2010-11 Free Agency

Trade Option: Colby Rasmus

Recently, the Cardinals made it clear that they were not trading Colby Rasmus, their 24-year old centerfielder oozing with star potential. With good reason, St. Louis wanted to keep the young, cheap player after he hit 23 home runs and drove in 66 runs a year ago. As of yesterday, his name is back out on the rumor mill.

A contentious relationship with manager Tony LaRussa led to Rasmus becoming part of the rumors around the trade deadline this past summer, however, nothing came of it. Joe Strauss of the St. Louis Post-Dispatch tweeted yesterday that three contending clubs could be angling to make a play for the talented outfielder. Could the Phillies be one of those teams with the impending loss of Jayson Werth?

Rasmus made just $418,000 in 2010 and has another season ahead of him before he even hits arbitration. For his caliber of play, he’s as cheap as they come. On the flip side, he’ll cost a pretty penny on prospects and it would have to be worth the Cardinals while to replace him.

There doesn’t seem to be a concrete reason that the Cardinals would want to push such a talented player out the door, but it seems as though the front office in St. Louis could be ready to choose the manager over the kid. If a little tiff with Tony LaRussa is the reason, then the Cards loss is another teams gain.

Now to the numbers: Rasmus followed up an up and down rookie campaign in 2009 with an exceptional step forward in 2010. In ’10, he played three more games and his average jumped from .251 to .276, his homers went from 16 to 23, and his OPS made a considerable leap from .714 to .859. That .859 OPS mirrors Ryan Howard’s OPS for the 2010 season and was 27 points better than Chase Utley’s. Not bad for a 24-year old.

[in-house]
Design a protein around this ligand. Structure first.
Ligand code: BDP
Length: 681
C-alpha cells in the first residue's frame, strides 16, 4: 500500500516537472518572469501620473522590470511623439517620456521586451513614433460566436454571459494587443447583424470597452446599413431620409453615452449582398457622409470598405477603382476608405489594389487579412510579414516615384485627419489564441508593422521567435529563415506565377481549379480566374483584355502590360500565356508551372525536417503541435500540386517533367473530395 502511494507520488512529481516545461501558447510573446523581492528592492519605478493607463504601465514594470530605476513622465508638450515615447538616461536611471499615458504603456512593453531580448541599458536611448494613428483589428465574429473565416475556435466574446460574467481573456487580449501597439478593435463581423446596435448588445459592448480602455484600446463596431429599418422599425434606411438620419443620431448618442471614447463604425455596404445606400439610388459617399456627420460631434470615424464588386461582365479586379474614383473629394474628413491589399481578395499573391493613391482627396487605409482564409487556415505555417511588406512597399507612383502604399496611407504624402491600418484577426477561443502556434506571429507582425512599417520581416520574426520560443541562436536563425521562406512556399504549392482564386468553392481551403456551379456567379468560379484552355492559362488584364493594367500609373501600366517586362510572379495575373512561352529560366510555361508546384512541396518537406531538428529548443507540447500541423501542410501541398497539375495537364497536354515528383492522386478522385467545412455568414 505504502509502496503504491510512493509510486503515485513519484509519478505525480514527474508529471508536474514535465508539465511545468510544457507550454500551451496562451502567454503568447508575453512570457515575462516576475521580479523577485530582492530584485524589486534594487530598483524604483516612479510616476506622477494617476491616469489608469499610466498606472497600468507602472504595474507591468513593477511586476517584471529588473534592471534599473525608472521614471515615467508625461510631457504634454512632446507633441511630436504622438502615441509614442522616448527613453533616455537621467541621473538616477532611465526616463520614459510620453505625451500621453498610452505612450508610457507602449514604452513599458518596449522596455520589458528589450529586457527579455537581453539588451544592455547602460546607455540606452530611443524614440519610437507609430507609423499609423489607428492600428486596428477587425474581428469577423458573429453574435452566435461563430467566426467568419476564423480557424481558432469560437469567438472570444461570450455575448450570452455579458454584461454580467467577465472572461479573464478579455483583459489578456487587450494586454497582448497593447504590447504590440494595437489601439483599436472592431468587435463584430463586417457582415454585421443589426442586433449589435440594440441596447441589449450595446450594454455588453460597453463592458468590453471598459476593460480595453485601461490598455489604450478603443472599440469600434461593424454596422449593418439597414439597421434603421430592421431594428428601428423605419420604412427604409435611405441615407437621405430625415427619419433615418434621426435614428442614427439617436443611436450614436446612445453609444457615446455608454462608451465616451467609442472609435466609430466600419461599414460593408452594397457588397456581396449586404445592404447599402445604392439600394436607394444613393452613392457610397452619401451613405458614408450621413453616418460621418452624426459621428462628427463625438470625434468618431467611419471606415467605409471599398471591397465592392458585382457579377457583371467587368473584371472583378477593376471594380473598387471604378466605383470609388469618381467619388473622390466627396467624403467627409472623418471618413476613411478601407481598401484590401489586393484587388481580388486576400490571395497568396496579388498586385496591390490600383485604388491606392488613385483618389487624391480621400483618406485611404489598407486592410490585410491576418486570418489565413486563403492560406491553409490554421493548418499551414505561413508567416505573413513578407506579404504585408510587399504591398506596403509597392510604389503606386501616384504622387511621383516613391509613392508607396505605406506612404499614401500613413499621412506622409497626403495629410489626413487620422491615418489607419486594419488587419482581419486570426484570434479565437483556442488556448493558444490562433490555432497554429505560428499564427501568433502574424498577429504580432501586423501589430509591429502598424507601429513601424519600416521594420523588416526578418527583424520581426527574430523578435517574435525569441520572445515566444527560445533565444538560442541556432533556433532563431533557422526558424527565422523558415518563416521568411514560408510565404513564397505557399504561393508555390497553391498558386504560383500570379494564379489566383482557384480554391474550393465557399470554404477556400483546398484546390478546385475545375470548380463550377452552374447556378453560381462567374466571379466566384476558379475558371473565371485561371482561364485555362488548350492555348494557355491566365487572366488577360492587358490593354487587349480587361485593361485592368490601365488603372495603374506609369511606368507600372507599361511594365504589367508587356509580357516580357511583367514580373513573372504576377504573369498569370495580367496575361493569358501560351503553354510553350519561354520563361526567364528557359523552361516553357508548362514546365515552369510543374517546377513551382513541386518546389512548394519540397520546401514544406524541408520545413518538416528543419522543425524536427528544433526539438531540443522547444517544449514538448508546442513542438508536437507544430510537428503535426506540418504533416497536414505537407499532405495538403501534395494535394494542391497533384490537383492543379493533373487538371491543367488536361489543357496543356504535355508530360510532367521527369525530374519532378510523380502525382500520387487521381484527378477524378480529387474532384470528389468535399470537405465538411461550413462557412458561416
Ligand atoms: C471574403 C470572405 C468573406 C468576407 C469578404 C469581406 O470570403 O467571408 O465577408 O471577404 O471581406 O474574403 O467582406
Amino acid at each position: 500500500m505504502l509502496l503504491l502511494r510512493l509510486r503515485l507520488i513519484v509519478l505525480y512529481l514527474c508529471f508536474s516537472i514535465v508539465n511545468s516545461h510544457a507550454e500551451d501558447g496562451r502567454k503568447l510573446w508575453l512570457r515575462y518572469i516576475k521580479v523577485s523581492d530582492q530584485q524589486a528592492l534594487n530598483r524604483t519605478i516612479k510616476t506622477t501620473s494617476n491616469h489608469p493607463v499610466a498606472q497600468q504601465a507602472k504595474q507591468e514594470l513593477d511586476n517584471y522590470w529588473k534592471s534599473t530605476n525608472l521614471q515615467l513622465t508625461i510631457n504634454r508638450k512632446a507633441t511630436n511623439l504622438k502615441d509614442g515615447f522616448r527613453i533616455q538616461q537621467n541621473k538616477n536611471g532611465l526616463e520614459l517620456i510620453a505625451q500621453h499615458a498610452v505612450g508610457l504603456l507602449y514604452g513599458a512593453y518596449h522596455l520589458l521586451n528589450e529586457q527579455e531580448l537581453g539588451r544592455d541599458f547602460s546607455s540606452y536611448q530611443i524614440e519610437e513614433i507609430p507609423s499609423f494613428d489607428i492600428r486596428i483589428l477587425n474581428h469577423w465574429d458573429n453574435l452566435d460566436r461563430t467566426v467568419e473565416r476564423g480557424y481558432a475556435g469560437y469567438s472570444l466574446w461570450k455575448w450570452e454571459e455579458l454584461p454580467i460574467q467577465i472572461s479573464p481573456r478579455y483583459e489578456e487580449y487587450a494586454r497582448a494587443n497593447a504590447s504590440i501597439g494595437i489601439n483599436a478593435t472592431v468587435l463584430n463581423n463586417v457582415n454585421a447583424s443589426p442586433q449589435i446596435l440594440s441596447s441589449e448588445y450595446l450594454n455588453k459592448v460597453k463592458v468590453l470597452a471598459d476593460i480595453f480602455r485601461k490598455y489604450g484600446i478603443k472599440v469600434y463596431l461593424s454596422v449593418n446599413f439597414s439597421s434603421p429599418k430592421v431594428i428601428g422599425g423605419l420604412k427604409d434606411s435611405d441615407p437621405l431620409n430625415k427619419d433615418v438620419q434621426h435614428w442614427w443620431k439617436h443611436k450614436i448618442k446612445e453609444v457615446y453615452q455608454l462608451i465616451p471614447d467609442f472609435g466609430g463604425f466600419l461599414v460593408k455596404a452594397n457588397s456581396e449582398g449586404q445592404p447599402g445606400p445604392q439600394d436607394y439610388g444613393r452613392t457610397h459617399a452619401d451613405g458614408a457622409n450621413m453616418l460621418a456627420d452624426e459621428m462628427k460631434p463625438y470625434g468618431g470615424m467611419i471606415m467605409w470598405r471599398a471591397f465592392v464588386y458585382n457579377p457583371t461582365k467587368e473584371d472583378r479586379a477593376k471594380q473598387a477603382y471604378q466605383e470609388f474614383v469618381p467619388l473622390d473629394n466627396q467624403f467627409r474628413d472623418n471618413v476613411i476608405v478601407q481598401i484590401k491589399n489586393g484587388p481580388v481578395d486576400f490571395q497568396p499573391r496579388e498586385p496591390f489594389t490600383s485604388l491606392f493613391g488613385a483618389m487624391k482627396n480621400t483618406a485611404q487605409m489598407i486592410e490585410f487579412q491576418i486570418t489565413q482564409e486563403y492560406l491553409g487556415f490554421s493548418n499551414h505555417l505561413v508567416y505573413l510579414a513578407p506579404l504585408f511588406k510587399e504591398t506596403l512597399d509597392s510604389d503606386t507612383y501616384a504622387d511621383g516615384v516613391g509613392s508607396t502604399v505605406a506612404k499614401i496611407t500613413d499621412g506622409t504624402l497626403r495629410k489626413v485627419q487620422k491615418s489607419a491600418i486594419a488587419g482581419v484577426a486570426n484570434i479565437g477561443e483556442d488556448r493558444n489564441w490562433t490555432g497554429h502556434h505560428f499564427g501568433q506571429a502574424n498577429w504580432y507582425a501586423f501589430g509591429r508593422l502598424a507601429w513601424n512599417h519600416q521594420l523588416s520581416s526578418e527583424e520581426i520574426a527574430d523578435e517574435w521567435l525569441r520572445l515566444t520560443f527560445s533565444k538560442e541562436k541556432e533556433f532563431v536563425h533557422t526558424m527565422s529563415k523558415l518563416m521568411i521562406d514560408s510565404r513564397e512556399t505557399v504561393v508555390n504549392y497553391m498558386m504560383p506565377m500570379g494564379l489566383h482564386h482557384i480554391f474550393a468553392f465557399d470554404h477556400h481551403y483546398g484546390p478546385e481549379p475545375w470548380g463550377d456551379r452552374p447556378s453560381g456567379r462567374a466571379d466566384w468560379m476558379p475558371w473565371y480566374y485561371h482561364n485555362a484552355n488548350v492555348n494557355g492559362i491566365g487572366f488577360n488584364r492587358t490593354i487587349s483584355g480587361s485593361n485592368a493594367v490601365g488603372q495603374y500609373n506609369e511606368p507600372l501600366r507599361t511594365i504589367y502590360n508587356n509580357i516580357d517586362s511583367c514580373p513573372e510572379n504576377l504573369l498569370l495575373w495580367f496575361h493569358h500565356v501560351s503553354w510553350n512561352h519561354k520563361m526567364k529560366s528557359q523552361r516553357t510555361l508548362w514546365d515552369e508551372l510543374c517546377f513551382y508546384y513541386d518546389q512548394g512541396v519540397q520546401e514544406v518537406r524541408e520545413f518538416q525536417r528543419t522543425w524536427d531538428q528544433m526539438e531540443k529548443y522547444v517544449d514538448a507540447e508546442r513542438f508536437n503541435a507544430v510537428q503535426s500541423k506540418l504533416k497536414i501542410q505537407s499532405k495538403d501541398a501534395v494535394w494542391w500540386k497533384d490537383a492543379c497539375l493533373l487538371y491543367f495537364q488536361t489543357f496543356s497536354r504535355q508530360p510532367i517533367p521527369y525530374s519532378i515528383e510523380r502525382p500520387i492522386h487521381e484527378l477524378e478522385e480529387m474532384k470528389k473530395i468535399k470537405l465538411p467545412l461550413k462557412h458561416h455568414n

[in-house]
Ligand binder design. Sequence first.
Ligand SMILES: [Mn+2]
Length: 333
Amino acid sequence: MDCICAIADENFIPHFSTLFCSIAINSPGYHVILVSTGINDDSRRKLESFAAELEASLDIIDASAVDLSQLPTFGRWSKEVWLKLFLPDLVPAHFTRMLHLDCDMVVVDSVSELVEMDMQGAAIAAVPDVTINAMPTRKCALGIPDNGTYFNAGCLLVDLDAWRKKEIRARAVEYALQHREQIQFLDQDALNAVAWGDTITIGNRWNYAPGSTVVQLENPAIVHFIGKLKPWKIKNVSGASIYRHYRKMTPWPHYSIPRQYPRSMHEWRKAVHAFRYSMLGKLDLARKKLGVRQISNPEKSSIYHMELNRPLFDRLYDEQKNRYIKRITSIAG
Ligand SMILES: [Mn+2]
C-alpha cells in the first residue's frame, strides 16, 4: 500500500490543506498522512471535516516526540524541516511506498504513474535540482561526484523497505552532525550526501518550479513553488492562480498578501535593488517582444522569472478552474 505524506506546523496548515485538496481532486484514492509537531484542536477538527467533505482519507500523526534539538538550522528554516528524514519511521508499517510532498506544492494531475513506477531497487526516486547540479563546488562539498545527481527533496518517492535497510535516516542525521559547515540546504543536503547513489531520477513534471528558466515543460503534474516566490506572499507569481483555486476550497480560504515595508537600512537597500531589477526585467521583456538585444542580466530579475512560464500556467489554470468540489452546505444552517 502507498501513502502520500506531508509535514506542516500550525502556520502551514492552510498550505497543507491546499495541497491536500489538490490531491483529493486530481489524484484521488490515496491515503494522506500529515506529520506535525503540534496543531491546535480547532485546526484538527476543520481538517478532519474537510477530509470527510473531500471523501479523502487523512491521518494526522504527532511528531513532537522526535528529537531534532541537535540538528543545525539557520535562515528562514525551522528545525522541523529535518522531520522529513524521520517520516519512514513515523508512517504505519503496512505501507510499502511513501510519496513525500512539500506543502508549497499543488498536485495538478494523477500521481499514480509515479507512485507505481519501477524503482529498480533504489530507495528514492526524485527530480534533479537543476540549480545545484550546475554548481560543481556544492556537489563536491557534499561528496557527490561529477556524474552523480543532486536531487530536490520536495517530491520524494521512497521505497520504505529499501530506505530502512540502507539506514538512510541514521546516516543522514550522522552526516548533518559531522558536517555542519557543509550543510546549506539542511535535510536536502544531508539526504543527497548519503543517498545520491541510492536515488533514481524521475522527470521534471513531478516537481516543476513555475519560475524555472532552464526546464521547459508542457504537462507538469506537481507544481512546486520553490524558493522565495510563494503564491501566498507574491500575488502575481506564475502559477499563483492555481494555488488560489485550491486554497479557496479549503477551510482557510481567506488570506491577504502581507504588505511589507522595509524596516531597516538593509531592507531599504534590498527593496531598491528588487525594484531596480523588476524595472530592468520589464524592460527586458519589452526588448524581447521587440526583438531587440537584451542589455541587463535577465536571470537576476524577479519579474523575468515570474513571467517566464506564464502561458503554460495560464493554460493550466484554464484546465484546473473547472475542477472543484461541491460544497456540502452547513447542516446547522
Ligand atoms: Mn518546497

His defense has fluctuated during his two seasons according to FanGraphs. In his rookie year of ‘09, his UZR was an exceptional 10.2. Last year that figure dropped to a -6.5. If you look at the in-between, a 3.2 UZR is slightly better than average. The question would be; what do you do with him in Philadelphia?

With Shane Victorino entrenched in centerfield, Rasmus would have to play out of his normal position in right. However, the speed of the Phillies outfield would be fantastic. Again, he’s another left-handed bat that would add to an overloaded lefty lineup. Rasmus falls in line with Grady Sizemore as a less-than-perfect fit.

Rasmus is a career .217 hitter against left-handed pitching meaning as a five-hole hitter, the Phillies would be in trouble in late-inning situations.

CHANCES: 2/10 – Again, another lefty who struggles against left-handed pitching and would add to that already too-lefty lineup the Phils trot out there everyday. Rasmus is a fine young player, but the chances of him coming here aren’t great unless a counter move is made to make the lineup lefty-friendly.

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